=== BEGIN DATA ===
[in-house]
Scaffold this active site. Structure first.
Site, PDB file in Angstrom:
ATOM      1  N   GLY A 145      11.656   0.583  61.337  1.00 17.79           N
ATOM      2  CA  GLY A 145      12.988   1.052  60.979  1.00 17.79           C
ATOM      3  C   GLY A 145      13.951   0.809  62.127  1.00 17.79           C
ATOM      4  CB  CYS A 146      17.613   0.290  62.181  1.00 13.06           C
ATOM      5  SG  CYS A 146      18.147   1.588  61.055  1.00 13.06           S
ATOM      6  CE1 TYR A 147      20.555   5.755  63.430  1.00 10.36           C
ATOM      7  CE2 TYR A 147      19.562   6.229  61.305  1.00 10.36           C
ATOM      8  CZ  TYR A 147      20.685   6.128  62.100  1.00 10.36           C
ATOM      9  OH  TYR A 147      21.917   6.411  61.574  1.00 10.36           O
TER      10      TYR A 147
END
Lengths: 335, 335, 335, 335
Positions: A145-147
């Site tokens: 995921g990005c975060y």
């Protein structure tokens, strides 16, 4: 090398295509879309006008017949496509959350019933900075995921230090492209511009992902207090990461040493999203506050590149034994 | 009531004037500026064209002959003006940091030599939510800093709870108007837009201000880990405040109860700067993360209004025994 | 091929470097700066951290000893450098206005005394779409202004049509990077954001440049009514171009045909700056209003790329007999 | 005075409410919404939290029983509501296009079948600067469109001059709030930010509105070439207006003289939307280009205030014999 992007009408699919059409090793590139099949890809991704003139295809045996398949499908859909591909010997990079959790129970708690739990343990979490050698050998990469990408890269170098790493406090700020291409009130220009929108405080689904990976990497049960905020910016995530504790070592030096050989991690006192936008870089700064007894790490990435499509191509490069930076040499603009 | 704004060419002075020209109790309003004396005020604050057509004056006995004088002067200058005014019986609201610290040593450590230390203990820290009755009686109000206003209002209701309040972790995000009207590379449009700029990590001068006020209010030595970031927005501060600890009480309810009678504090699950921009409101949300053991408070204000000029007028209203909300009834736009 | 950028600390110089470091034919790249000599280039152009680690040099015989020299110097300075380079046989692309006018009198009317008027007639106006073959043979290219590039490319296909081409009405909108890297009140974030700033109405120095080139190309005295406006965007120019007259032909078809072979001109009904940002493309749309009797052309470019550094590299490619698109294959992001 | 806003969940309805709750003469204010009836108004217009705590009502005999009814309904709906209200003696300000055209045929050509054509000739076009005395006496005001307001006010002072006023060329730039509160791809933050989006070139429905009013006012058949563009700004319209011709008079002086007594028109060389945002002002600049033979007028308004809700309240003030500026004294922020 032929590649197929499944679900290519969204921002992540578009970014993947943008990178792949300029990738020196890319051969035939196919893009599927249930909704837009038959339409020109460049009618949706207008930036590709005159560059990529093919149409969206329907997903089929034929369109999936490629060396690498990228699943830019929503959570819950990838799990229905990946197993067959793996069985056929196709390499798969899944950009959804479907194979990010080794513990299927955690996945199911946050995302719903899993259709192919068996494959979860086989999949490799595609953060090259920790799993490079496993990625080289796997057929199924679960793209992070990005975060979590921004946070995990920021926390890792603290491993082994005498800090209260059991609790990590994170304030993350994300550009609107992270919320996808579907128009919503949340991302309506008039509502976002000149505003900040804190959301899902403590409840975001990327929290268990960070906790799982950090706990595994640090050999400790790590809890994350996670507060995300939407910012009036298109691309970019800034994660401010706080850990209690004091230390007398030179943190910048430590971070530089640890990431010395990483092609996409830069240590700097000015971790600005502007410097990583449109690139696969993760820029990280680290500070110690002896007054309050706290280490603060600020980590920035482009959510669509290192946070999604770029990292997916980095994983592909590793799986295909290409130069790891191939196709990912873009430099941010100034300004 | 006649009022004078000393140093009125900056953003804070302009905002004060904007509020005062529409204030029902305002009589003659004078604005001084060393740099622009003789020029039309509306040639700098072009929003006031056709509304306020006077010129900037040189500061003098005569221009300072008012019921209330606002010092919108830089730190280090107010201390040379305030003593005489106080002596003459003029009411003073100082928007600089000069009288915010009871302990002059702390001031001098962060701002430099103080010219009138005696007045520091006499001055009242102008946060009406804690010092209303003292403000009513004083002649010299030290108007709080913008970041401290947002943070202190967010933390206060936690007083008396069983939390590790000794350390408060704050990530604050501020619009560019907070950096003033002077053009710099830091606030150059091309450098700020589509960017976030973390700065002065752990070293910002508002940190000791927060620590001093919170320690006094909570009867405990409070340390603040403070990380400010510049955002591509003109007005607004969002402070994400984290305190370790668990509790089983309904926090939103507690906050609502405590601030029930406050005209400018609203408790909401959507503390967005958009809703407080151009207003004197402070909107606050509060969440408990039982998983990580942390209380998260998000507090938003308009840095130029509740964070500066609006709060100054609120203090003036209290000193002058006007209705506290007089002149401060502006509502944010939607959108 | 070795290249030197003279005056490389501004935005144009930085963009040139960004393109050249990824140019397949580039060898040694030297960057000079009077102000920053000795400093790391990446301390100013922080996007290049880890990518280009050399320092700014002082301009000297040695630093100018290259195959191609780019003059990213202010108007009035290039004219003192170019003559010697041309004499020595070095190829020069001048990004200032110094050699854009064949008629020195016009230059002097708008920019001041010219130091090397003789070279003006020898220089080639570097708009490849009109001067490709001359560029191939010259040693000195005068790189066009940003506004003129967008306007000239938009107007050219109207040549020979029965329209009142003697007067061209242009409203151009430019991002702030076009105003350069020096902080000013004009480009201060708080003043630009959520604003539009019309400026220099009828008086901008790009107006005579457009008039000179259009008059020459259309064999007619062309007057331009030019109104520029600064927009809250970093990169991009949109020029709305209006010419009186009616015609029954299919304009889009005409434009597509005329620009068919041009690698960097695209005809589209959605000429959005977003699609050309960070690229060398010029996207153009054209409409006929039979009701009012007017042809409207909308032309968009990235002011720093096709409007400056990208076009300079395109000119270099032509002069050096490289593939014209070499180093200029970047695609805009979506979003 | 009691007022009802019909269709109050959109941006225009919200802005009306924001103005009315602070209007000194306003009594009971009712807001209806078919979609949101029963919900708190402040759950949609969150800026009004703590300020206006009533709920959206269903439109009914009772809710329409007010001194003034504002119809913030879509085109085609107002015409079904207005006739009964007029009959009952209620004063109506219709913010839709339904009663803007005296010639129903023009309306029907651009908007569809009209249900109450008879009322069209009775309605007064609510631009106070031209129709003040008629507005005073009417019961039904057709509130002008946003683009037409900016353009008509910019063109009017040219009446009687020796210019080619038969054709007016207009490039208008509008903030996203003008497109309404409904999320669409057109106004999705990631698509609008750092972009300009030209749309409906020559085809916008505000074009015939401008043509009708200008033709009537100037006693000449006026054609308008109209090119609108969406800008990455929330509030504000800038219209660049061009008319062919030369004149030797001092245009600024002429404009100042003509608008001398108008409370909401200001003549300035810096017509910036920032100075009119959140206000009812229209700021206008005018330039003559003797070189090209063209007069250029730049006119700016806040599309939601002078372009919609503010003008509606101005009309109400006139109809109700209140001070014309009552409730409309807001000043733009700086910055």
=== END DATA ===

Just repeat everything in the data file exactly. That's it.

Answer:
[in-house]
Scaffold this active site. Structure first.
Site, PDB file in Angstrom:
ATOM      1  N   GLY A 145      11.656   0.583  61.337  1.00 17.79           N
ATOM      2  CA  GLY A 145      12.988   1.052  60.979  1.00 17.79           C
ATOM      3  C   GLY A 145      13.951   0.809  62.127  1.00 17.79           C
ATOM      4  CB  CYS A 146      17.613   0.290  62.181  1.00 13.06           C
ATOM      5  SG  CYS A 146      18.147   1.588  61.055  1.00 13.06           S
ATOM      6  CE1 TYR A 147      20.555   5.755  63.430  1.00 10.36           C
ATOM      7  CE2 TYR A 147      19.562   6.229  61.305  1.00 10.36           C
ATOM      8  CZ  TYR A 147      20.685   6.128  62.100  1.00 10.36           C
ATOM      9  OH  TYR A 147      21.917   6.411  61.574  1.00 10.36           O
TER      10      TYR A 147
END
Lengths: 335, 335, 335, 335
Positions: A145-147
């Site tokens: 995921g990005c975060y």
């Protein structure tokens, strides 16, 4: 090398295509879309006008017949496509959350019933900075995921230090492209511009992902207090990461040493999203506050590149034994 | 009531004037500026064209002959003006940091030599939510800093709870108007837009201000880990405040109860700067993360209004025994 | 091929470097700066951290000893450098206005005394779409202004049509990077954001440049009514171009045909700056209003790329007999 | 005075409410919404939290029983509501296009079948600067469109001059709030930010509105070439207006003289939307280009205030014999 992007009408699919059409090793590139099949890809991704003139295809045996398949499908859909591909010997990079959790129970708690739990343990979490050698050998990469990408890269170098790493406090700020291409009130220009929108405080689904990976990497049960905020910016995530504790070592030096050989991690006192936008870089700064007894790490990435499509191509490069930076040499603009 | 704004060419002075020209109790309003004396005020604050057509004056006995004088002067200058005014019986609201610290040593450590230390203990820290009755009686109000206003209002209701309040972790995000009207590379449009700029990590001068006020209010030595970031927005501060600890009480309810009678504090699950921009409101949300053991408070204000000029007028209203909300009834736009 | 950028600390110089470091034919790249000599280039152009680690040099015989020299110097300075380079046989692309006018009198009317008027007639106006073959043979290219590039490319296909081409009405909108890297009140974030700033109405120095080139190309005295406006965007120019007259032909078809072979001109009904940002493309749309009797052309470019550094590299490619698109294959992001 | 806003969940309805709750003469204010009836108004217009705590009502005999009814309904709906209200003696300000055209045929050509054509000739076009005395006496005001307001006010002072006023060329730039509160791809933050989006070139429905009013006012058949563009700004319209011709008079002086007594028109060389945002002002600049033979007028308004809700309240003030500026004294922020 032929590649197929499944679900290519969204921002992540578009970014993947943008990178792949300029990738020196890319051969035939196919893009599927249930909704837009038959339409020109460049009618949706207008930036590709005159560059990529093919149409969206329907997903089929034929369109999936490629060396690498990228699943830019929503959570819950990838799990229905990946197993067959793996069985056929196709390499798969899944950009959804479907194979990010080794513990299927955690996945199911946050995302719903899993259709192919068996494959979860086989999949490799595609953060090259920790799993490079496993990625080289796997057929199924679960793209992070990005975060979590921004946070995990920021926390890792603290491993082994005498800090209260059991609790990590994170304030993350994300550009609107992270919320996808579907128009919503949340991302309506008039509502976002000149505003900040804190959301899902403590409840975001990327929290268990960070906790799982950090706990595994640090050999400790790590809890994350996670507060995300939407910012009036298109691309970019800034994660401010706080850990209690004091230390007398030179943190910048430590971070530089640890990431010395990483092609996409830069240590700097000015971790600005502007410097990583449109690139696969993760820029990280680290500070110690002896007054309050706290280490603060600020980590920035482009959510669509290192946070999604770029990292997916980095994983592909590793799986295909290409130069790891191939196709990912873009430099941010100034300004 | 006649009022004078000393140093009125900056953003804070302009905002004060904007509020005062529409204030029902305002009589003659004078604005001084060393740099622009003789020029039309509306040639700098072009929003006031056709509304306020006077010129900037040189500061003098005569221009300072008012019921209330606002010092919108830089730190280090107010201390040379305030003593005489106080002596003459003029009411003073100082928007600089000069009288915010009871302990002059702390001031001098962060701002430099103080010219009138005696007045520091006499001055009242102008946060009406804690010092209303003292403000009513004083002649010299030290108007709080913008970041401290947002943070202190967010933390206060936690007083008396069983939390590790000794350390408060704050990530604050501020619009560019907070950096003033002077053009710099830091606030150059091309450098700020589509960017976030973390700065002065752990070293910002508002940190000791927060620590001093919170320690006094909570009867405990409070340390603040403070990380400010510049955002591509003109007005607004969002402070994400984290305190370790668990509790089983309904926090939103507690906050609502405590601030029930406050005209400018609203408790909401959507503390967005958009809703407080151009207003004197402070909107606050509060969440408990039982998983990580942390209380998260998000507090938003308009840095130029509740964070500066609006709060100054609120203090003036209290000193002058006007209705506290007089002149401060502006509502944010939607959108 | 070795290249030197003279005056490389501004935005144009930085963009040139960004393109050249990824140019397949580039060898040694030297960057000079009077102000920053000795400093790391990446301390100013922080996007290049880890990518280009050399320092700014002082301009000297040695630093100018290259195959191609780019003059990213202010108007009035290039004219003192170019003559010697041309004499020595070095190829020069001048990004200032110094050699854009064949008629020195016009230059002097708008920019001041010219130091090397003789070279003006020898220089080639570097708009490849009109001067490709001359560029191939010259040693000195005068790189066009940003506004003129967008306007000239938009107007050219109207040549020979029965329209009142003697007067061209242009409203151009430019991002702030076009105003350069020096902080000013004009480009201060708080003043630009959520604003539009019309400026220099009828008086901008790009107006005579457009008039000179259009008059020459259309064999007619062309007057331009030019109104520029600064927009809250970093990169991009949109020029709305209006010419009186009616015609029954299919304009889009005409434009597509005329620009068919041009690698960097695209005809589209959605000429959005977003699609050309960070690229060398010029996207153009054209409409006929039979009701009012007017042809409207909308032309968009990235002011720093096709409007400056990208076009300079395109000119270099032509002069050096490289593939014209070499180093200029970047695609805009979506979003 | 009691007022009802019909269709109050959109941006225009919200802005009306924001103005009315602070209007000194306003009594009971009712807001209806078919979609949101029963919900708190402040759950949609969150800026009004703590300020206006009533709920959206269903439109009914009772809710329409007010001194003034504002119809913030879509085109085609107002015409079904207005006739009964007029009959009952209620004063109506219709913010839709339904009663803007005296010639129903023009309306029907651009908007569809009209249900109450008879009322069209009775309605007064609510631009106070031209129709003040008629507005005073009417019961039904057709509130002008946003683009037409900016353009008509910019063109009017040219009446009687020796210019080619038969054709007016207009490039208008509008903030996203003008497109309404409904999320669409057109106004999705990631698509609008750092972009300009030209749309409906020559085809916008505000074009015939401008043509009708200008033709009537100037006693000449006026054609308008109209090119609108969406800008990455929330509030504000800038219209660049061009008319062919030369004149030797001092245009600024002429404009100042003509608008001398108008409370909401200001003549300035810096017509910036920032100075009119959140206000009812229209700021206008005018330039003559003797070189090209063209007069250029730049006119700016806040599309939601002078372009919609503010003008509606101005009309109400006139109809109700209140001070014309009552409730409309807001000043733009700086910055």